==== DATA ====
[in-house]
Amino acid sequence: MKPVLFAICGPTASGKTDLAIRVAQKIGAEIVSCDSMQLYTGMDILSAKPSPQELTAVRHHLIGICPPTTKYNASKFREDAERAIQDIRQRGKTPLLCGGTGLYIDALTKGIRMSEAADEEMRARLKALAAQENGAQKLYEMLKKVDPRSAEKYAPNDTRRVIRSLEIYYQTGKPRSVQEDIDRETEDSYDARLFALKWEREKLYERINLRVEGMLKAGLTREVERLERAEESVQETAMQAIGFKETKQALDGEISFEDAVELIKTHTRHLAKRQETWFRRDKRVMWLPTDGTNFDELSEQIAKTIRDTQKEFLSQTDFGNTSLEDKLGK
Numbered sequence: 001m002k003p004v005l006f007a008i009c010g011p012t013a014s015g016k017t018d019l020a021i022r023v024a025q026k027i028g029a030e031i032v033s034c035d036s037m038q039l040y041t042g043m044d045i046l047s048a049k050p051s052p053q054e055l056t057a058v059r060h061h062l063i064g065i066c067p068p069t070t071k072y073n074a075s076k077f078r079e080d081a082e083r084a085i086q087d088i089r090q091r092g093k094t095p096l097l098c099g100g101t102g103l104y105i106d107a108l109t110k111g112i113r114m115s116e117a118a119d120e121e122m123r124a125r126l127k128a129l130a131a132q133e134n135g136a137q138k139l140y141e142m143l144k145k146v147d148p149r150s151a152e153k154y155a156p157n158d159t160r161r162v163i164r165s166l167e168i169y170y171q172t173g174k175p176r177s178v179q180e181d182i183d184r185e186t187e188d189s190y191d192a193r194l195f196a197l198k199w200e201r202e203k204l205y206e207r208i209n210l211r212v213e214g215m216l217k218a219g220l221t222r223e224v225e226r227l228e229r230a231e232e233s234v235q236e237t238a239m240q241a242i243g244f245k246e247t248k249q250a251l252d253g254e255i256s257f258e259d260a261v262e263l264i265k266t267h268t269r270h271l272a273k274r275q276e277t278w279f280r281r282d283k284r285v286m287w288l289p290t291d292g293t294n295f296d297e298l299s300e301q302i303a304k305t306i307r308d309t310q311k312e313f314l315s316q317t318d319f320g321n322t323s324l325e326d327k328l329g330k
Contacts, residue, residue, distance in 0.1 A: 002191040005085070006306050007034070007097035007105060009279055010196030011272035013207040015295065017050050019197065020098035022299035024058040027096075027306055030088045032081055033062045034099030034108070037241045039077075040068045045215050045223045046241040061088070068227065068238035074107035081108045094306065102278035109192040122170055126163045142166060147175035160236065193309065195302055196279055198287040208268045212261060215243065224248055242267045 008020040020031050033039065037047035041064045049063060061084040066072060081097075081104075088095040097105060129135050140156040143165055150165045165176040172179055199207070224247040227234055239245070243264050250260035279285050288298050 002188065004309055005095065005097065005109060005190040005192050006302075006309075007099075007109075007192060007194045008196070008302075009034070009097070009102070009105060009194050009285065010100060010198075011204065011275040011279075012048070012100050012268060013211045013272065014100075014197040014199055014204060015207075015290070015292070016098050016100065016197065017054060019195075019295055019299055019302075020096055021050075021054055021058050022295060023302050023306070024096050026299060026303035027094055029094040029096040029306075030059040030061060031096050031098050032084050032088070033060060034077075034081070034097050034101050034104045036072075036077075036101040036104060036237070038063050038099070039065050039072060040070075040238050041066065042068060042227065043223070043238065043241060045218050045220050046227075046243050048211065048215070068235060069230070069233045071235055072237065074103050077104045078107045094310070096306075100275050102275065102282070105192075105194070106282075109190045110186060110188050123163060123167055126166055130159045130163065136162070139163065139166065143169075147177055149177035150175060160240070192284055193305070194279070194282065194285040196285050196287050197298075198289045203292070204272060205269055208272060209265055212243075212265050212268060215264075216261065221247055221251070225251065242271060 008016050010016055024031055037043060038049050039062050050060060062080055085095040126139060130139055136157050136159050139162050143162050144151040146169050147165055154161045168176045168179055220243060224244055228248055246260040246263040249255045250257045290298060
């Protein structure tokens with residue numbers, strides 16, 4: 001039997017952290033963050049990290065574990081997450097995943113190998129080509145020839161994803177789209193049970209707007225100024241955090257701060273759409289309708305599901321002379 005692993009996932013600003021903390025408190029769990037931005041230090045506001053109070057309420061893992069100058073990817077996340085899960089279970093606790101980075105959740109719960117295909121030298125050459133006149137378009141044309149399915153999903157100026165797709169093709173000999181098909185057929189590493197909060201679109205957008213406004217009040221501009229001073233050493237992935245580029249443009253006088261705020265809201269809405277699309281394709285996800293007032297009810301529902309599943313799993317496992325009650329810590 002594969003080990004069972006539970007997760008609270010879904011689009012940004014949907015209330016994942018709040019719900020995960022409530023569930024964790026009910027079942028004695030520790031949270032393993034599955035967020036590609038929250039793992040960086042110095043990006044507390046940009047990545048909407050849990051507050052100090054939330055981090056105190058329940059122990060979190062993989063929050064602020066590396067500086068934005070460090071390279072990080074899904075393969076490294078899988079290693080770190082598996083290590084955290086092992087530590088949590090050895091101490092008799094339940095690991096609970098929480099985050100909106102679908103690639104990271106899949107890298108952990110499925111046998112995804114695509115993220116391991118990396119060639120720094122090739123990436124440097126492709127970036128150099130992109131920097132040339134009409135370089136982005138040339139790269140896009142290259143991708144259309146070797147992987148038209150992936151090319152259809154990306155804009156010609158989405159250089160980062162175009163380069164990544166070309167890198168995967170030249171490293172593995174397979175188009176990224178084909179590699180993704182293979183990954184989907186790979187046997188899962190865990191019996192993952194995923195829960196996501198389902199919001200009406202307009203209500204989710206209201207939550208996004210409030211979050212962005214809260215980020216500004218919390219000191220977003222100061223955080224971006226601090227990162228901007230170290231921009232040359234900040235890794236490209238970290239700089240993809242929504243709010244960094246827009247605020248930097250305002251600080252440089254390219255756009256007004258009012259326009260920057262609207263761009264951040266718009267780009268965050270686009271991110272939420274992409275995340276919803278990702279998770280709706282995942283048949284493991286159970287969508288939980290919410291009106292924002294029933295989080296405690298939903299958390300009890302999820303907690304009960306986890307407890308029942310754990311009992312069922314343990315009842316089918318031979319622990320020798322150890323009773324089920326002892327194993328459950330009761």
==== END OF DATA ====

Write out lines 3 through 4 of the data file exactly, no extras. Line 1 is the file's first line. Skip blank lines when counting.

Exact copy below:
Numbered sequence: 001m002k003p004v005l006f007a008i009c010g011p012t013a014s015g016k017t018d019l020a021i022r023v024a025q026k027i028g029a030e031i032v033s034c035d036s037m038q039l040y041t042g043m044d045i046l047s048a049k050p051s052p053q054e055l056t057a058v059r060h061h062l063i064g065i066c067p068p069t070t071k072y073n074a075s076k077f078r079e080d081a082e083r084a085i086q087d088i089r090q091r092g093k094t095p096l097l098c099g100g101t102g103l104y105i106d107a108l109t110k111g112i113r114m115s116e117a118a119d120e121e122m123r124a125r126l127k128a129l130a131a132q133e134n135g136a137q138k139l140y141e142m143l144k145k146v147d148p149r150s151a152e153k154y155a156p157n158d159t160r161r162v163i164r165s166l167e168i169y170y171q172t173g174k175p176r177s178v179q180e181d182i183d184r185e186t187e188d189s190y191d192a193r194l195f196a197l198k199w200e201r202e203k204l205y206e207r208i209n210l211r212v213e214g215m216l217k218a219g220l221t222r223e224v225e226r227l228e229r230a231e232e233s234v235q236e237t238a239m240q241a242i243g244f245k246e247t248k249q250a251l252d253g254e255i256s257f258e259d260a261v262e263l264i265k266t267h268t269r270h271l272a273k274r275q276e277t278w279f280r281r282d283k284r285v286m287w288l289p290t291d292g293t294n295f296d297e298l299s300e301q302i303a304k305t306i307r308d309t310q311k312e313f314l315s316q317t318d319f320g321n322t323s324l325e326d327k328l329g330k
Contacts, residue, residue, distance in 0.1 A: 002191040005085070006306050007034070007097035007105060009279055010196030011272035013207040015295065017050050019197065020098035022299035024058040027096075027306055030088045032081055033062045034099030034108070037241045039077075040068045045215050045223045046241040061088070068227065068238035074107035081108045094306065102278035109192040122170055126163045142166060147175035160236065193309065195302055196279055198287040208268045212261060215243065224248055242267045 008020040020031050033039065037047035041064045049063060061084040066072060081097075081104075088095040097105060129135050140156040143165055150165045165176040172179055199207070224247040227234055239245070243264050250260035279285050288298050 002188065004309055005095065005097065005109060005190040005192050006302075006309075007099075007109075007192060007194045008196070008302075009034070009097070009102070009105060009194050009285065010100060010198075011204065011275040011279075012048070012100050012268060013211045013272065014100075014197040014199055014204060015207075015290070015292070016098050016100065016197065017054060019195075019295055019299055019302075020096055021050075021054055021058050022295060023302050023306070024096050026299060026303035027094055029094040029096040029306075030059040030061060031096050031098050032084050032088070033060060034077075034081070034097050034101050034104045036072075036077075036101040036104060036237070038063050038099070039065050039072060040070075040238050041066065042068060042227065043223070043238065043241060045218050045220050046227075046243050048211065048215070068235060069230070069233045071235055072237065074103050077104045078107045094310070096306075100275050102275065102282070105192075105194070106282075109190045110186060110188050123163060123167055126166055130159045130163065136162070139163065139166065143169075147177055149177035150175060160240070192284055193305070194279070194282065194285040196285050196287050197298075198289045203292070204272060205269055208272060209265055212243075212265050212268060215264075216261065221247055221251070225251065242271060 008016050010016055024031055037043060038049050039062050050060060062080055085095040126139060130139055136157050136159050139162050143162050144151040146169050147165055154161045168176045168179055220243060224244055228248055246260040246263040249255045250257045290298060